Resignations amid scandals are rare: Before Franken, only four Senators had called it quits in the midst of a scandal in the last century, according to a list of resignations from the Senate Historical Office
Franken, D-Minnesota, announced on Thursday that he'd leave his post in the coming weeks after being accused of inappropriately touching multiple women before and after he was a senator. More than two dozen Democratic senators called for his resignation Wednesday, and an Ethics Committee investigation was already underway.
But a majority of the resignations since the country was founded have happened because the senator was moving to another government post. Here's a full breakdown with data from the Senate Historical Office:
Nearly a quarter of the resignations (23%) have happened for some kind of executive branch appointment, while about a seventh (14%) quit to run for governor or another state or local office. About one in ten (11%) quit to join a federal or state or local judiciary and 7% quit for a diplomatic appointment. The number of those moving to an executive branch post has climbed dramatically, from 15% before 1850 to 34% since 1850.
About one in eight (12%) quit for some private pursuit outside of government. Another 6% quit because of an illness, and 5% withdrew after secession during the Civil War. Another 3% resigned over scandal and 2% resigned after a clash with their state legislatures, back before the direct election of senators, which was enshrined for all 50 states by the 17th Amendment in 1913. Reasons for 13% of the resignations are unclear, according to the Senate Historical Office, but nearly all of them occurred before 1850. The most recent "unclear" resignation was Mel Martinez, the Florida Republican senator who left in 2009.
"There is no impending reason; it's only my desire to move on and to get on with the rest of my life," Martinez said at the time
Unlike Martinez, Franken did not want to go.
"Today I am announcing that in the coming weeks I will be resigning as a member of the United States Senate," Franken said from the Senate floor, before turning to hit Trump. "I, of all people, am aware that there is some irony in the fact that I am leaving, while a man who has bragged on tape about his history of sexual assault sits in the Oval Office, and a man who has repeatedly preyed on young girls campaigns for the Senate with the -- with the full support of his party."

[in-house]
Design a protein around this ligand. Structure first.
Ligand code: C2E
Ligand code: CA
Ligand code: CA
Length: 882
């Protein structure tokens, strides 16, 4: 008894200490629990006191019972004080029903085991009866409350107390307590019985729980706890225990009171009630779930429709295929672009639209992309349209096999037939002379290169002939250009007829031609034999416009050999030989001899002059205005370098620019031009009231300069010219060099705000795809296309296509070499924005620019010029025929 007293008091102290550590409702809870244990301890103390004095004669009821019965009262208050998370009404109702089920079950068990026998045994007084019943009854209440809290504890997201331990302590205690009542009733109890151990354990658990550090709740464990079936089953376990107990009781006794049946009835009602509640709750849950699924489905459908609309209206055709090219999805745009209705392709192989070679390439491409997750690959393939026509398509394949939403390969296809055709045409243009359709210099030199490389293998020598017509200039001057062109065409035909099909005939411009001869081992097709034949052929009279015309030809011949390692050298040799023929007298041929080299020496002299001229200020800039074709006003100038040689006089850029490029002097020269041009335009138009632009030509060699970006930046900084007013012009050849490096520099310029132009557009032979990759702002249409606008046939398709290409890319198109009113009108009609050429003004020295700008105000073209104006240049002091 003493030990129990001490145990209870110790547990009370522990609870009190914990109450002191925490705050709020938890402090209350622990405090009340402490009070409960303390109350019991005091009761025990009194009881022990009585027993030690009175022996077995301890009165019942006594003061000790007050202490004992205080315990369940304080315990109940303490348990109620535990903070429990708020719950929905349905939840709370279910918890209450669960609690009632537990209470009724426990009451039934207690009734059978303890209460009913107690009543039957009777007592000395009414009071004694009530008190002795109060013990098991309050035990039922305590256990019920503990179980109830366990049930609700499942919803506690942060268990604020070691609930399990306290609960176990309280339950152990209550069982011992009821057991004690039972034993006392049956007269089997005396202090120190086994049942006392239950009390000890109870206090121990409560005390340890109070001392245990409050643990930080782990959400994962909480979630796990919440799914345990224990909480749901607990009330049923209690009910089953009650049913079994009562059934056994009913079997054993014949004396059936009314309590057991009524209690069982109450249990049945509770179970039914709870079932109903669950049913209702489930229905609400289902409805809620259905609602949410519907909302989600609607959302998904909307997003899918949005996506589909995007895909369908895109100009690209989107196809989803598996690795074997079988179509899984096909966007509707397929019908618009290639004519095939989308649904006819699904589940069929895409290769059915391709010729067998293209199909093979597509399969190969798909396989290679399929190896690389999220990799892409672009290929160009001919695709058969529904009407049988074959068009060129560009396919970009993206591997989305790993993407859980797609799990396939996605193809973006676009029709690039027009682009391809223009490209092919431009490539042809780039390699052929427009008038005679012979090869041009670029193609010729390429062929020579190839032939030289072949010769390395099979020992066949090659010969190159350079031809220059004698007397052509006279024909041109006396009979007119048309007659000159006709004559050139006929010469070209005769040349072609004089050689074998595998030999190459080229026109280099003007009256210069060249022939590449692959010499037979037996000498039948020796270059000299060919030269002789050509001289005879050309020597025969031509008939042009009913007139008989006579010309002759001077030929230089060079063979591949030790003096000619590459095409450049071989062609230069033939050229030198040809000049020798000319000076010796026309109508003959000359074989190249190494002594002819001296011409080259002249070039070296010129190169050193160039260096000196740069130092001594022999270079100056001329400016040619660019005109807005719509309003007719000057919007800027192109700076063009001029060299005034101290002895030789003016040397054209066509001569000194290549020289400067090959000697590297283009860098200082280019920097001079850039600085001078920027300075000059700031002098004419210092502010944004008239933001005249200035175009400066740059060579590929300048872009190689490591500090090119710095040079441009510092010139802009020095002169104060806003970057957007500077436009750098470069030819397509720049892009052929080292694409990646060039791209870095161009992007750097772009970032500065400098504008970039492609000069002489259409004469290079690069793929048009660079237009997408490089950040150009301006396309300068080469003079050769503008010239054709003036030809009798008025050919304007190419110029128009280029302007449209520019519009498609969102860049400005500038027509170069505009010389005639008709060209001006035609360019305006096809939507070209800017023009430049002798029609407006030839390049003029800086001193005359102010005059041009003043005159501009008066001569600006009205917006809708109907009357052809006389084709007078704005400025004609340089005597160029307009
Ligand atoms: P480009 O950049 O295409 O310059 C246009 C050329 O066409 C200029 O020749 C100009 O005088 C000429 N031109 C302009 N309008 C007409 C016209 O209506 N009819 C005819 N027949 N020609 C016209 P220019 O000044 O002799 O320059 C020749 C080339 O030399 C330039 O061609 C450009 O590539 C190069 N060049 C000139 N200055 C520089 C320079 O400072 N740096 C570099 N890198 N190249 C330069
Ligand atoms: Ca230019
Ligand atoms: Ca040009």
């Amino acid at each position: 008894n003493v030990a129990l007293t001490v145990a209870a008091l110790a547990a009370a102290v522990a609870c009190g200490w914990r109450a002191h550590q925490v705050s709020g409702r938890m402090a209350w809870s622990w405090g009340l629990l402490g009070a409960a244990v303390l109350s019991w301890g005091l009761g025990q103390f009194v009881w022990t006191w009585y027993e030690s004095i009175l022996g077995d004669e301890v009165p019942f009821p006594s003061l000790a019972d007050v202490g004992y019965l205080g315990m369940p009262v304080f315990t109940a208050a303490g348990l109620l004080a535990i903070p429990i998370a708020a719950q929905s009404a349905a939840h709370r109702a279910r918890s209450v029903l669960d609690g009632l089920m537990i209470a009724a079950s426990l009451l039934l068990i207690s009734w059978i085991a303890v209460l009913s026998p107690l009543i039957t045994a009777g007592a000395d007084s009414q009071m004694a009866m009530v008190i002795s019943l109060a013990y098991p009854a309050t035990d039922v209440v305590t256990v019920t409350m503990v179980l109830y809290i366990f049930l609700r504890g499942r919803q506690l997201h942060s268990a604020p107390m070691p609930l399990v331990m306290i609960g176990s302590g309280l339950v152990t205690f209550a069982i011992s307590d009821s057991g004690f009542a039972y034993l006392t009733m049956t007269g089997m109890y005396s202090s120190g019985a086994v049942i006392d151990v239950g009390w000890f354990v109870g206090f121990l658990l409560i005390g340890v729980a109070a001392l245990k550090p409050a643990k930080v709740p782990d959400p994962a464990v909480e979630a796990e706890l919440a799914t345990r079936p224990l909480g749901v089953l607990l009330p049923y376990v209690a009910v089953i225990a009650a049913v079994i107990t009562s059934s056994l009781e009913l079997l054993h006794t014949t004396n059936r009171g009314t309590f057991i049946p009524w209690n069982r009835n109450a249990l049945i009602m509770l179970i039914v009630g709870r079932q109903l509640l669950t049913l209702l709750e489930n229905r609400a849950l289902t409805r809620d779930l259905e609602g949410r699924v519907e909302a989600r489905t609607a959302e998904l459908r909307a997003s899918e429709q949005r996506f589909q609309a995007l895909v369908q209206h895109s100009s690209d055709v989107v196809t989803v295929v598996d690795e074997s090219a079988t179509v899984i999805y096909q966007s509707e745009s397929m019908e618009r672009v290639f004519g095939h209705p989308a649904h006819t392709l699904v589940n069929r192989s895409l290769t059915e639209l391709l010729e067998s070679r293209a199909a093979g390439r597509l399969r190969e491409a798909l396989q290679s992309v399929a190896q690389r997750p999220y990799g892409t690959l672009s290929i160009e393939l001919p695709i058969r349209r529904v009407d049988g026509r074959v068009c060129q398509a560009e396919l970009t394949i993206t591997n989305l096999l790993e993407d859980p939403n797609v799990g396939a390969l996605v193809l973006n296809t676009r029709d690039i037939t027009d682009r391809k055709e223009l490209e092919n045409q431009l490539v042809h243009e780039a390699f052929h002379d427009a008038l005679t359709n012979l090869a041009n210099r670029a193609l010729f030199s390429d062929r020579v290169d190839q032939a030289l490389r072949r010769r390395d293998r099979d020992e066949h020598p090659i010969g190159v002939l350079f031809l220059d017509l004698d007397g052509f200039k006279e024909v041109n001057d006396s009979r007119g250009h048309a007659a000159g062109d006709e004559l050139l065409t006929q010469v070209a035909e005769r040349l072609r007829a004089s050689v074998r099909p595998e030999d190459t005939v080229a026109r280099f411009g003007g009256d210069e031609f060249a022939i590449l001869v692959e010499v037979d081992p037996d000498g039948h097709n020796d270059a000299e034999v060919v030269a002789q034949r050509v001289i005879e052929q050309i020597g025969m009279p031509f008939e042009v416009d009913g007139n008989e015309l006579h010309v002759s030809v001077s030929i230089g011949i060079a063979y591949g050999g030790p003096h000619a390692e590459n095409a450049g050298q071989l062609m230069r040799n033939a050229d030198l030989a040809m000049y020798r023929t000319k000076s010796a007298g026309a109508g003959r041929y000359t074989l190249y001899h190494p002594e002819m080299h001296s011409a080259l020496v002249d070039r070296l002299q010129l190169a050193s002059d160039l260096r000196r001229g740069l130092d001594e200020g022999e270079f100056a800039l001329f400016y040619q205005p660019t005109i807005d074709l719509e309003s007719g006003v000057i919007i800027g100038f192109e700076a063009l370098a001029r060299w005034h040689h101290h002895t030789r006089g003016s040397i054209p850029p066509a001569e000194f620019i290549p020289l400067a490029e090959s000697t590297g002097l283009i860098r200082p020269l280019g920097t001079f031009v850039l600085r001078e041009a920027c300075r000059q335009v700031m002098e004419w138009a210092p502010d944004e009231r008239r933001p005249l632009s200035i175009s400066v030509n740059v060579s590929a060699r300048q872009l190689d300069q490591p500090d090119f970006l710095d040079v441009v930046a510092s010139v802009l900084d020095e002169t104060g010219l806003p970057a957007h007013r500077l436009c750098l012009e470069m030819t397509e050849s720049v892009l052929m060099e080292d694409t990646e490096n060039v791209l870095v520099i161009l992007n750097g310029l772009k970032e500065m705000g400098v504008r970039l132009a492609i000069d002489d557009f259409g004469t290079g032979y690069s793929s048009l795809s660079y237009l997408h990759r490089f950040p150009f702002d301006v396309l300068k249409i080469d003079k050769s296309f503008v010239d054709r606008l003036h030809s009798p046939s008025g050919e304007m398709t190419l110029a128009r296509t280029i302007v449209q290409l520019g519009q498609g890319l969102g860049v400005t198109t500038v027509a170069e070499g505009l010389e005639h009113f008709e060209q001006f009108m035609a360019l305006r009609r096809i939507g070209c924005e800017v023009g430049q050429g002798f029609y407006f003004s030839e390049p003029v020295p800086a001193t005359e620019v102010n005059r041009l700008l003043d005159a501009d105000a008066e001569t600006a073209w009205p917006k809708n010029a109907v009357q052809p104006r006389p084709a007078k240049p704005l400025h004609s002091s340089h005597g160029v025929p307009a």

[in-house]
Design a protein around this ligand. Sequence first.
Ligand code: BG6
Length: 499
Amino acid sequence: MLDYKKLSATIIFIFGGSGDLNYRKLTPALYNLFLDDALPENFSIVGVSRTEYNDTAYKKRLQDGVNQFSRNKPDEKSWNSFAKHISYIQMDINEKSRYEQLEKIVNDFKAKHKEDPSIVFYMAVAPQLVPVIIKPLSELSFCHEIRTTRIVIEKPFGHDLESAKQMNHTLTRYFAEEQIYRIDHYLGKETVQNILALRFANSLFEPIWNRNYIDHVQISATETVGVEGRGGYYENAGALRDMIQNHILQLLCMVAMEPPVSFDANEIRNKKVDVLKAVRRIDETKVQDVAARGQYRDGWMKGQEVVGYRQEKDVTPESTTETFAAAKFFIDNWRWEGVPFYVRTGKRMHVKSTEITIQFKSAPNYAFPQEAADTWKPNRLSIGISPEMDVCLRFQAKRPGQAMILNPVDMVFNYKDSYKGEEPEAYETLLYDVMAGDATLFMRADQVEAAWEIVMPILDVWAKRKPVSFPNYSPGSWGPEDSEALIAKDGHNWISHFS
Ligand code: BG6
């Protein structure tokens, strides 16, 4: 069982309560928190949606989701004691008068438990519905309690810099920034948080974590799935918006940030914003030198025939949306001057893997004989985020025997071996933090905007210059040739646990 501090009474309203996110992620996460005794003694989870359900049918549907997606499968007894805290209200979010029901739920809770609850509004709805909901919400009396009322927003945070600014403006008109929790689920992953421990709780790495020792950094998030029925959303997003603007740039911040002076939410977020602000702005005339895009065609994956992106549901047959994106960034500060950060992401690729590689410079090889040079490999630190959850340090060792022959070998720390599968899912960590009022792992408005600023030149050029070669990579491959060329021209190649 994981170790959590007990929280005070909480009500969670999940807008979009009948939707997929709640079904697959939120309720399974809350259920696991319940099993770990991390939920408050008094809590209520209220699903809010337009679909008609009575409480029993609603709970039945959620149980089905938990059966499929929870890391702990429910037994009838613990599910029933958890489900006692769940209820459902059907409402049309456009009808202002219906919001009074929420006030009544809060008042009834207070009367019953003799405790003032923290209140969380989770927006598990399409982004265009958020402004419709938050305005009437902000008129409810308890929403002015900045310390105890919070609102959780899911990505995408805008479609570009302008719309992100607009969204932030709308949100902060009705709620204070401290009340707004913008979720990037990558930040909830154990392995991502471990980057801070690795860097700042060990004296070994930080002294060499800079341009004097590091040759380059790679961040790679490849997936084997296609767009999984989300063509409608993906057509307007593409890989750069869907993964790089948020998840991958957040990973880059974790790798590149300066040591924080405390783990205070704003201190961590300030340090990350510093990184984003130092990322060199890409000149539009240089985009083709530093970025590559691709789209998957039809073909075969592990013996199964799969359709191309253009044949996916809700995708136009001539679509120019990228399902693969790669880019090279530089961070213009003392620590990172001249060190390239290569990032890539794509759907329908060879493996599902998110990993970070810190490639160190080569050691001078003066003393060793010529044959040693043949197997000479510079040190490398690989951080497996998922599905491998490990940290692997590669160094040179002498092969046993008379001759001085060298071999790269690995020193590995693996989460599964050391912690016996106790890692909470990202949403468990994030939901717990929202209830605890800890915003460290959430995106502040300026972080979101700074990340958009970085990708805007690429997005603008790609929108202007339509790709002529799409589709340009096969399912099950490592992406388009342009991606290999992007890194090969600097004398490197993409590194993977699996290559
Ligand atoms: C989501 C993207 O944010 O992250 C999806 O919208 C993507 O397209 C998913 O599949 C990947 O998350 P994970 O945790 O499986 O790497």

Senators resigned at much faster rates earlier in the country's history as well. Two in three resignations took place before the end of the Civil War, while only 31 senators have resigned in the last half century, mostly to fill other government positions.
The last to resign amid a scandal was Sen. John Ensign, R-Nevada, in 2011
, who quit during an investigation by the Ethics Committee into his affair with a former campaign staffer who was married to a Senate staffer. Before that, Sen. Robert Packwood, R-Oregon, resigned
after being recommended for expulsion amid accusations of sexual abuse in 1995.
Going farther back, Sen. Harrison Williams, D-New Jersey, resigned in 1982 after being recommended for expulsion after a bribery conviction. In 1922, Sen. Truman Newberry, R- Michigan, resigned after a conviction for election irregularities that was later reversed. William Clark, D-Montana, resigned for bribery in 1900 and Alexander Caldwell, R-Kansas, for election irregularities in 1873.
The states with the most resignations are Massachusetts with 20, then Georgia, Virginia, South Carolina and New York. Franken will be the 4th to resign from Minnesota.
A few of the most recent senators to call it quits include Alabama's Jeff Sessions earlier this year, Oklahoma's Tom Coburn in 2015, Montana's Max Baucus in 2014, Massachusetts' John Kerry in 2013, South Carolina's Jim DeMint in 2012, Nevada's Ensign in 2011, plus Illinois' Barack Obama, Delaware's Joe Biden, New York's Hillary Clinton and Colorado's Ken Salazar during the 2008-09 presidential transition.